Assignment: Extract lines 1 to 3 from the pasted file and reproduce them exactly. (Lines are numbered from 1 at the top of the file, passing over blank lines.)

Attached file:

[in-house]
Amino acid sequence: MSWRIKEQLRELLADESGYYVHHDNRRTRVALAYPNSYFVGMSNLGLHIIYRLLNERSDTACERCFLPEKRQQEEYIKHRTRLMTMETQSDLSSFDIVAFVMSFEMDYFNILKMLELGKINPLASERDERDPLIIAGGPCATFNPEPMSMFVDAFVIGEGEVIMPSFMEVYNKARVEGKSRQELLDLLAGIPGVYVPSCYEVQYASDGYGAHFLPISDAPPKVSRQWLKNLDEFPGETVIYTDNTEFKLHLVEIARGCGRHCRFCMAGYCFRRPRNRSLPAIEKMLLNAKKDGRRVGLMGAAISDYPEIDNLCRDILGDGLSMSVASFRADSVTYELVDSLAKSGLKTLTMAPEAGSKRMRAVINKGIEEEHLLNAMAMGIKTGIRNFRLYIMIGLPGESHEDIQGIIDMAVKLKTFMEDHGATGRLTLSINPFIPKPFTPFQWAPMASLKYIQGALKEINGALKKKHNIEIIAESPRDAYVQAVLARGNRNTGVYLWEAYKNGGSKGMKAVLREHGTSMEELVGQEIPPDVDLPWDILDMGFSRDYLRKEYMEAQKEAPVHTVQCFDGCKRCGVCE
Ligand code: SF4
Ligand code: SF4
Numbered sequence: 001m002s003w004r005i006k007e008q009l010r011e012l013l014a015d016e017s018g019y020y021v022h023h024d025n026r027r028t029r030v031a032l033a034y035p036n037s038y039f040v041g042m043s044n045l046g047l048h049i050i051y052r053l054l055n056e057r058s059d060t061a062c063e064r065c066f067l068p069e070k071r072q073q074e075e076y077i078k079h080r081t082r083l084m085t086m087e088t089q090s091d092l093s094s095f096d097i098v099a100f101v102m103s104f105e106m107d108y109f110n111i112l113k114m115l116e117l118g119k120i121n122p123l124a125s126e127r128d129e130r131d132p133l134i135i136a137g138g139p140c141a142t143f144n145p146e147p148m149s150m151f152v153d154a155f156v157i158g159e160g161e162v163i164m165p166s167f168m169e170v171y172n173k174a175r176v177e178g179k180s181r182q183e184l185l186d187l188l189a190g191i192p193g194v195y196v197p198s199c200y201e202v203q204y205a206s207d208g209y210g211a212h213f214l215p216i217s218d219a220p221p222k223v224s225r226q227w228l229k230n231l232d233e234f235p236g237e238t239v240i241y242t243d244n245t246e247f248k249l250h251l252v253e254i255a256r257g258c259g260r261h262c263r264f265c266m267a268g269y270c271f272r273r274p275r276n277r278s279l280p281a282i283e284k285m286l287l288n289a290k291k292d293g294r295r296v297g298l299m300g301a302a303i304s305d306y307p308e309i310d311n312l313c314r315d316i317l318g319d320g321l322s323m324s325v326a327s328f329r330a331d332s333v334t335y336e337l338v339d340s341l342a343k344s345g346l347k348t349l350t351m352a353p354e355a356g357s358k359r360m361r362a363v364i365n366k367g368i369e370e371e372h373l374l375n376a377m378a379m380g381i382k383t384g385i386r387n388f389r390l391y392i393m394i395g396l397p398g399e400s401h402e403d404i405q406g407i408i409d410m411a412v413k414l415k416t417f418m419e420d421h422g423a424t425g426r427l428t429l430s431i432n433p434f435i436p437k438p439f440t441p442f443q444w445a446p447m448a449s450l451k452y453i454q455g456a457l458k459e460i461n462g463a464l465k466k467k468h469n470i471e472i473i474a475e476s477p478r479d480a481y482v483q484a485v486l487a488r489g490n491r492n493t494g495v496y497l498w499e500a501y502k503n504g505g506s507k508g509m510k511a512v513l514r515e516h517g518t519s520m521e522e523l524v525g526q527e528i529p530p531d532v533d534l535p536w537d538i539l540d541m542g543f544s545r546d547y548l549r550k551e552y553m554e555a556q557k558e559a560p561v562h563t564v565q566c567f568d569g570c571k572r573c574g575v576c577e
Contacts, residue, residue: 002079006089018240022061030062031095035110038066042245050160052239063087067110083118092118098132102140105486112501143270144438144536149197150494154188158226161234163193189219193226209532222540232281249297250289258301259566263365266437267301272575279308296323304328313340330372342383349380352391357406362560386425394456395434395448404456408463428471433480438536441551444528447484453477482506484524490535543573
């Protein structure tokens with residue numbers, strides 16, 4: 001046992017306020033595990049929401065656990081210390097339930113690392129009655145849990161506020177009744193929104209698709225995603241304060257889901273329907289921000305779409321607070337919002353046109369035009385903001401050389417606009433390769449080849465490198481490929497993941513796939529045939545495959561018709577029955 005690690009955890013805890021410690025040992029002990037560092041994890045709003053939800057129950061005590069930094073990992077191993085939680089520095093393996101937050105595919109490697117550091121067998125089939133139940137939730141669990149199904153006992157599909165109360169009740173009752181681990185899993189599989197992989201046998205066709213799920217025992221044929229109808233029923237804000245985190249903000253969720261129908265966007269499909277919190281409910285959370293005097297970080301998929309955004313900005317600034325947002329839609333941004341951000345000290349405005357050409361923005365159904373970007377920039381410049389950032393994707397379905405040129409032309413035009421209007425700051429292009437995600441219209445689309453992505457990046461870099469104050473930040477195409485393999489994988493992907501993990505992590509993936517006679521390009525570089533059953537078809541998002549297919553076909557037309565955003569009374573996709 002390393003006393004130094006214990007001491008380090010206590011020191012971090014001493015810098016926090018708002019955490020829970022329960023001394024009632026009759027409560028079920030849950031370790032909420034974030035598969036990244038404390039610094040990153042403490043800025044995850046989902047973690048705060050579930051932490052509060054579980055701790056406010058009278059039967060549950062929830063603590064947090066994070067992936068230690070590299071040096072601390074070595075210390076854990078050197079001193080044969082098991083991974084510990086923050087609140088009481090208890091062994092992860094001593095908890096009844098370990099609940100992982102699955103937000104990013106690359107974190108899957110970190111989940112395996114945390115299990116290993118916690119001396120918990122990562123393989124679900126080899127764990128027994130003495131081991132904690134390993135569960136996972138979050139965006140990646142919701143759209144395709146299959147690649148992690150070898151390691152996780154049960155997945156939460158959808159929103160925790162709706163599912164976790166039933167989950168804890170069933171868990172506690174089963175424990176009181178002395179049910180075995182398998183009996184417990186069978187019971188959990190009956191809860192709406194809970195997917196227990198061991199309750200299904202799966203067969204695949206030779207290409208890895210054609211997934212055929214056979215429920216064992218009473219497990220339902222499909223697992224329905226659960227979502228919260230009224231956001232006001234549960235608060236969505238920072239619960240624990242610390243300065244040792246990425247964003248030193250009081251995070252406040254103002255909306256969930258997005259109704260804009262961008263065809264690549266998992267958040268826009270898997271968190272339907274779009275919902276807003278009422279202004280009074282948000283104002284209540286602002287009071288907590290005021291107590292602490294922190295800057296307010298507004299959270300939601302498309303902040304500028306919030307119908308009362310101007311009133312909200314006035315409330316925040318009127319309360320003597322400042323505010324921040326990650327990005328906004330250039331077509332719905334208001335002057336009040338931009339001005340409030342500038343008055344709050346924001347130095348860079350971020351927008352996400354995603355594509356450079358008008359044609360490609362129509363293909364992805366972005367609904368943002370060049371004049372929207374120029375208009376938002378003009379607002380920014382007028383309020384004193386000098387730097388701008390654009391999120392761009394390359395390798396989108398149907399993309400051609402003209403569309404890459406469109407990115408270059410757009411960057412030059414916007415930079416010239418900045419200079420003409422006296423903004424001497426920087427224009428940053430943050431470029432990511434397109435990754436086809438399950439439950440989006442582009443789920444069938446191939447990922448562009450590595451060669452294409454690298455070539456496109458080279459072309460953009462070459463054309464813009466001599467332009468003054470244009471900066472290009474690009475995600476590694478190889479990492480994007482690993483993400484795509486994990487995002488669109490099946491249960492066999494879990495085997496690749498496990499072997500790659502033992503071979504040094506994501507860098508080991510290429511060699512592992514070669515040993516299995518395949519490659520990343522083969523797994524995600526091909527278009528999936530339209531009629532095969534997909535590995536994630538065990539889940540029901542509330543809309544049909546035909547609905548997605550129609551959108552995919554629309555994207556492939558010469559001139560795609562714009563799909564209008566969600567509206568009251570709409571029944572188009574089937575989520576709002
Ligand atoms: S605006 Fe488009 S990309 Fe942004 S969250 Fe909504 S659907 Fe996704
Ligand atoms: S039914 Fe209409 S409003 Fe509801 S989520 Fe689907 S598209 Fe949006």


[in-house]
Amino acid sequence: MSWRIKEQLRELLADESGYYVHHDNRRTRVALAYPNSYFVGMSNLGLHIIYRLLNERSDTACERCFLPEKRQQEEYIKHRTRLMTMETQSDLSSFDIVAFVMSFEMDYFNILKMLELGKINPLASERDERDPLIIAGGPCATFNPEPMSMFVDAFVIGEGEVIMPSFMEVYNKARVEGKSRQELLDLLAGIPGVYVPSCYEVQYASDGYGAHFLPISDAPPKVSRQWLKNLDEFPGETVIYTDNTEFKLHLVEIARGCGRHCRFCMAGYCFRRPRNRSLPAIEKMLLNAKKDGRRVGLMGAAISDYPEIDNLCRDILGDGLSMSVASFRADSVTYELVDSLAKSGLKTLTMAPEAGSKRMRAVINKGIEEEHLLNAMAMGIKTGIRNFRLYIMIGLPGESHEDIQGIIDMAVKLKTFMEDHGATGRLTLSINPFIPKPFTPFQWAPMASLKYIQGALKEINGALKKKHNIEIIAESPRDAYVQAVLARGNRNTGVYLWEAYKNGGSKGMKAVLREHGTSMEELVGQEIPPDVDLPWDILDMGFSRDYLRKEYMEAQKEAPVHTVQCFDGCKRCGVCE
Ligand code: SF4